Two members of the Santa Monica High School wrestling team have been referred to take part in a juvenile arbitration program following a review by the Los Angeles County District Attorney’s Office of an alleged racial discrimination incident.
The Santa Monica Police Department announced Dec. 6 that the district attorney’s office has decided to refer the case to its Juvenile Offender Intervention Network (JOIN) as a prefiling referral. No charges are pending in connection with the case.
According to police reports, the incident occurred in early May when an African-American student was locked to a locker through his belt loop by wrestling teammates and some racist comments were allegedly made. The boy also reportedly saw a brown wrestling dummy with a noose around the neck area in the practice room.
The boy’s mother said she was not notified by the district and learned about the event weeks later from another parent.
The district attorney’s JOIN program provides an arbitration process to deal with juvenile offenses. To participate in the program, parents and youths agree to the terms of a JOIN contract, in which juvenile offenders acknowledge responsibility for their acts. The youths also agree to pay restitution, maintain good school attendance and perform community service.
Under the program, parents agree to attend parenting classes, all families are referred to group counseling, and the cases are closely monitored for one year. If the minor reoffends or fails to adhere to the contract, the original case is referred for prosecution.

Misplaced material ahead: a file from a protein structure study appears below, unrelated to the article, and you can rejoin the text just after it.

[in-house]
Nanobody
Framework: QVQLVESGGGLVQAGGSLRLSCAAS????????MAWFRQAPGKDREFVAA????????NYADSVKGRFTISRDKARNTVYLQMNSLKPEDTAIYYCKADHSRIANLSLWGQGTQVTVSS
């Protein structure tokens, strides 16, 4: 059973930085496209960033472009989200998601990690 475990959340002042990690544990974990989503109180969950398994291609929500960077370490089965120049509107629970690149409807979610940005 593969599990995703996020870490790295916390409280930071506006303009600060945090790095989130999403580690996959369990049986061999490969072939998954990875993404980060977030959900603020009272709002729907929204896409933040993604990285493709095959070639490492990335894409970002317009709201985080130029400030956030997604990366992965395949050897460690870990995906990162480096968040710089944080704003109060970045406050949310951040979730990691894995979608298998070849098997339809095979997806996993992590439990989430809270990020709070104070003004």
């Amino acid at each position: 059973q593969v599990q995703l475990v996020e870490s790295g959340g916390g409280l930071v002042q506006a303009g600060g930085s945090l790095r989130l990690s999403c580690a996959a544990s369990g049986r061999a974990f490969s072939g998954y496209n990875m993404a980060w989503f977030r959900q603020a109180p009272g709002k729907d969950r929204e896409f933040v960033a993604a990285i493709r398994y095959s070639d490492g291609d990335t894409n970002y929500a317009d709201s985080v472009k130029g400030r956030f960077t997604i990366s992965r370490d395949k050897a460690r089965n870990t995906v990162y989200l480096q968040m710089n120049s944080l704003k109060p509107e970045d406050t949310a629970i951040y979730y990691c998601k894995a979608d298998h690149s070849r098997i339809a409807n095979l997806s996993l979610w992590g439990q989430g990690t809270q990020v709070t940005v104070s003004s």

According to the district attorney’s office, JOIN is a highly effective program that aims to address the root causes of delinquent behavior and offers intense supervision and monitoring of the participants. In a three-year study, less than 5 percent of youths who participated reoffended, the district attorney’s office said.
The county Sheriff’s Department conducted a separate investigation of allegations that Santa Monica High staff members intimidated the students involved in the incident and destroyed evidence. That probe determined there was no probable cause to believe that any staff member or employee of the school district participated in any activity that supports an allegation of criminal misconduct.